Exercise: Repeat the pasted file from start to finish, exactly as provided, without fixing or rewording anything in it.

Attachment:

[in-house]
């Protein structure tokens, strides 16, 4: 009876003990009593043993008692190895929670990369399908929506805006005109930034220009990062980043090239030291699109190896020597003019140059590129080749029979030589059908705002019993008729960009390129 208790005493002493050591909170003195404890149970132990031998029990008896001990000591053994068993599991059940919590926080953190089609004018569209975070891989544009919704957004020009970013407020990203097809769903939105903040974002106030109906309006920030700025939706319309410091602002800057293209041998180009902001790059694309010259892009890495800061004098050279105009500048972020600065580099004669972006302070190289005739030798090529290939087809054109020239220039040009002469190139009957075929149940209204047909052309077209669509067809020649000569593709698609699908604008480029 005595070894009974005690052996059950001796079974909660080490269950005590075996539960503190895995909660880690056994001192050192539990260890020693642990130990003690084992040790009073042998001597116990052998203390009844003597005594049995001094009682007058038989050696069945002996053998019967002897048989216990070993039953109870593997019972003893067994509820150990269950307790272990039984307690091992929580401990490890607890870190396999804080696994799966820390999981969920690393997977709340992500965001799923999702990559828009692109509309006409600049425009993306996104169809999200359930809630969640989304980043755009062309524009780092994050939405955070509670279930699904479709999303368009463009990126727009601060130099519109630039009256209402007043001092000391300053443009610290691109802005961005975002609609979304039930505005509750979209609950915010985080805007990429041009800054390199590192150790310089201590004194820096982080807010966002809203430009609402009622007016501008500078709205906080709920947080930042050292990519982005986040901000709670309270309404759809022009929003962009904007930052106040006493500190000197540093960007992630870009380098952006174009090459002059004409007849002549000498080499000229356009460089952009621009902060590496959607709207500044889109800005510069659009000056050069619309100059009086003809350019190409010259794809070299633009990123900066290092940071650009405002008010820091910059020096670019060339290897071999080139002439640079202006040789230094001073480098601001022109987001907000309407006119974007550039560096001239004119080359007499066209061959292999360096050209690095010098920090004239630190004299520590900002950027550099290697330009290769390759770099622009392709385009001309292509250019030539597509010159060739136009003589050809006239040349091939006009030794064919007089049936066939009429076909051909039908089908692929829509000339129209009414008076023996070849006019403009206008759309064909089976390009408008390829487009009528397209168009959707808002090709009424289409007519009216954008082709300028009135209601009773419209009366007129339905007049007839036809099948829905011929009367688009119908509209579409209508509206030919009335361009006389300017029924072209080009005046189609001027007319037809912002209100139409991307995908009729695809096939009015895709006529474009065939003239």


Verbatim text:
[in-house]
């Protein structure tokens, strides 16, 4: 009876003990009593043993008692190895929670990369399908929506805006005109930034220009990062980043090239030291699109190896020597003019140059590129080749029979030589059908705002019993008729960009390129 208790005493002493050591909170003195404890149970132990031998029990008896001990000591053994068993599991059940919590926080953190089609004018569209975070891989544009919704957004020009970013407020990203097809769903939105903040974002106030109906309006920030700025939706319309410091602002800057293209041998180009902001790059694309010259892009890495800061004098050279105009500048972020600065580099004669972006302070190289005739030798090529290939087809054109020239220039040009002469190139009957075929149940209204047909052309077209669509067809020649000569593709698609699908604008480029 005595070894009974005690052996059950001796079974909660080490269950005590075996539960503190895995909660880690056994001192050192539990260890020693642990130990003690084992040790009073042998001597116990052998203390009844003597005594049995001094009682007058038989050696069945002996053998019967002897048989216990070993039953109870593997019972003893067994509820150990269950307790272990039984307690091992929580401990490890607890870190396999804080696994799966820390999981969920690393997977709340992500965001799923999702990559828009692109509309006409600049425009993306996104169809999200359930809630969640989304980043755009062309524009780092994050939405955070509670279930699904479709999303368009463009990126727009601060130099519109630039009256209402007043001092000391300053443009610290691109802005961005975002609609979304039930505005509750979209609950915010985080805007990429041009800054390199590192150790310089201590004194820096982080807010966002809203430009609402009622007016501008500078709205906080709920947080930042050292990519982005986040901000709670309270309404759809022009929003962009904007930052106040006493500190000197540093960007992630870009380098952006174009090459002059004409007849002549000498080499000229356009460089952009621009902060590496959607709207500044889109800005510069659009000056050069619309100059009086003809350019190409010259794809070299633009990123900066290092940071650009405002008010820091910059020096670019060339290897071999080139002439640079202006040789230094001073480098601001022109987001907000309407006119974007550039560096001239004119080359007499066209061959292999360096050209690095010098920090004239630190004299520590900002950027550099290697330009290769390759770099622009392709385009001309292509250019030539597509010159060739136009003589050809006239040349091939006009030794064919007089049936066939009429076909051909039908089908692929829509000339129209009414008076023996070849006019403009206008759309064909089976390009408008390829487009009528397209168009959707808002090709009424289409007519009216954008082709300028009135209601009773419209009366007129339905007049007839036809099948829905011929009367688009119908509209579409209508509206030919009335361009006389300017029924072209080009005046189609001027007319037809912002209100139409991307995908009729695809096939009015895709006529474009065939003239």